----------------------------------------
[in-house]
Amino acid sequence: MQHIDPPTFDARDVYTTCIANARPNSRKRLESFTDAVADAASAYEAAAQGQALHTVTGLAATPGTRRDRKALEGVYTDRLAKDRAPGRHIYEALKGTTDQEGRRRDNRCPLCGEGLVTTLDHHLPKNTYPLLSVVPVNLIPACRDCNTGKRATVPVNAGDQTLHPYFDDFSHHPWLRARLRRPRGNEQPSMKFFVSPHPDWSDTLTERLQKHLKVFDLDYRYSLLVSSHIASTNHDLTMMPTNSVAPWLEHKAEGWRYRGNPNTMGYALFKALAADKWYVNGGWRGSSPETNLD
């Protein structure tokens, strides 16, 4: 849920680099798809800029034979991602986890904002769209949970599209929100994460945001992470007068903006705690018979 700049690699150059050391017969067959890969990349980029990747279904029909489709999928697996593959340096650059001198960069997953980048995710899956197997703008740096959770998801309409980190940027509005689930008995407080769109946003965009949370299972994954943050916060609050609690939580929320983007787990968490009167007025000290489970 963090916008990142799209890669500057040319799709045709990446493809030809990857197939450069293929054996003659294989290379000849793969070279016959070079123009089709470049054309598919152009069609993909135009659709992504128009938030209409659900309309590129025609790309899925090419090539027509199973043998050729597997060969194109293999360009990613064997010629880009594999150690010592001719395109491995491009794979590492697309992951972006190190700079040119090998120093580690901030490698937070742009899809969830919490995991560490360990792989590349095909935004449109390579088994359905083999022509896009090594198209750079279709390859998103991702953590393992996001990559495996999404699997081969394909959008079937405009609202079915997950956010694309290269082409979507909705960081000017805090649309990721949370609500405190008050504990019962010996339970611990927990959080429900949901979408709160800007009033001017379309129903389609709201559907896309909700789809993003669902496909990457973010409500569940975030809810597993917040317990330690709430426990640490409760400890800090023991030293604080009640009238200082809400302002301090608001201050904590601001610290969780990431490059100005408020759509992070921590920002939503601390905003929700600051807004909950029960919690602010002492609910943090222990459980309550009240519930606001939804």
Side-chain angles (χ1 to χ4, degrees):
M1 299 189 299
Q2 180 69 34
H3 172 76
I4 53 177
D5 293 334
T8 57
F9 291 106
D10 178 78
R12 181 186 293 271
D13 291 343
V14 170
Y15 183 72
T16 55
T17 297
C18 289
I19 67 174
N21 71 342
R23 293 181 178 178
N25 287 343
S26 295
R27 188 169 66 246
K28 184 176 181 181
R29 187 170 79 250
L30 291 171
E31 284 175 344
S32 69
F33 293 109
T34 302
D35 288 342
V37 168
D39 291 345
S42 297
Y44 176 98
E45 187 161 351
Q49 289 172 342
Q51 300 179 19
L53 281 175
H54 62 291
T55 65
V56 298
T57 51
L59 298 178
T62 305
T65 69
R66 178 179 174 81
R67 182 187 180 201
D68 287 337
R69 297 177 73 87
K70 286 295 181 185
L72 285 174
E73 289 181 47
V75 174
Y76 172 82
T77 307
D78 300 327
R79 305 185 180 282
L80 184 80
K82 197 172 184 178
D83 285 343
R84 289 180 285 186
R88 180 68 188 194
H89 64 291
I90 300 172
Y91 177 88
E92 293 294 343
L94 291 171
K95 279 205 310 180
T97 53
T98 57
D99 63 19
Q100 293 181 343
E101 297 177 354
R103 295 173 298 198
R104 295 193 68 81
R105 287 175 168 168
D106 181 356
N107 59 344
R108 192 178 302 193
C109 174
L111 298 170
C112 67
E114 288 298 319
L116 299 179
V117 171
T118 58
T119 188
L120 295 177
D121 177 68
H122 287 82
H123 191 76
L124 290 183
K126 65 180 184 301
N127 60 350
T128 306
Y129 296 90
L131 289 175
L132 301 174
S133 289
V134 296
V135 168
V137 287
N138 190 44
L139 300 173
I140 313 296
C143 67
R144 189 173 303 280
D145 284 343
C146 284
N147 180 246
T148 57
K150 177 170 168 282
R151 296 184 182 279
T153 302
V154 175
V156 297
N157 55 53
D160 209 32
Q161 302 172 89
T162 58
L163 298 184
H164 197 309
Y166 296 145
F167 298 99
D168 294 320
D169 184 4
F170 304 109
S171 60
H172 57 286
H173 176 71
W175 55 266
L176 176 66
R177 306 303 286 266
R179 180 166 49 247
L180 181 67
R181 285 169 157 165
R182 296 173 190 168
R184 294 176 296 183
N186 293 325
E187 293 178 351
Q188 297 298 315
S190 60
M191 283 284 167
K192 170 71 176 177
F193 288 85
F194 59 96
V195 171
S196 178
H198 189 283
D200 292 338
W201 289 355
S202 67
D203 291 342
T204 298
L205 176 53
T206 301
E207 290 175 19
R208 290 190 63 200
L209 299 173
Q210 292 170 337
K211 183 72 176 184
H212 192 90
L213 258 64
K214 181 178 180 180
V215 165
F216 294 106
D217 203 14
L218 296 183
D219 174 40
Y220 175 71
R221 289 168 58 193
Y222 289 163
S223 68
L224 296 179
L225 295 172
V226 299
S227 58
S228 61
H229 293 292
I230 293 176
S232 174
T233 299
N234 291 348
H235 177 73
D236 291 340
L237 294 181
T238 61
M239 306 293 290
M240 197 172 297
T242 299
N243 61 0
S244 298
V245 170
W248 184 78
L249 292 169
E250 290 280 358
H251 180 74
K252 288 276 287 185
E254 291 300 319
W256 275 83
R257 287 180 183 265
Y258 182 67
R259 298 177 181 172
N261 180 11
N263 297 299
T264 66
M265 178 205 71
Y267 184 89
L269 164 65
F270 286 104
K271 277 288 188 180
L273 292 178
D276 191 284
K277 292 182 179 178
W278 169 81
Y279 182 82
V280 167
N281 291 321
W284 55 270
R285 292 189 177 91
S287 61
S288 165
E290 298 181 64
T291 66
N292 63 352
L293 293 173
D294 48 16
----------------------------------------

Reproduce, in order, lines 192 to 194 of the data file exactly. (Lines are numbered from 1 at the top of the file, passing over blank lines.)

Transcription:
M240 197 172 297
T242 299
N243 61 0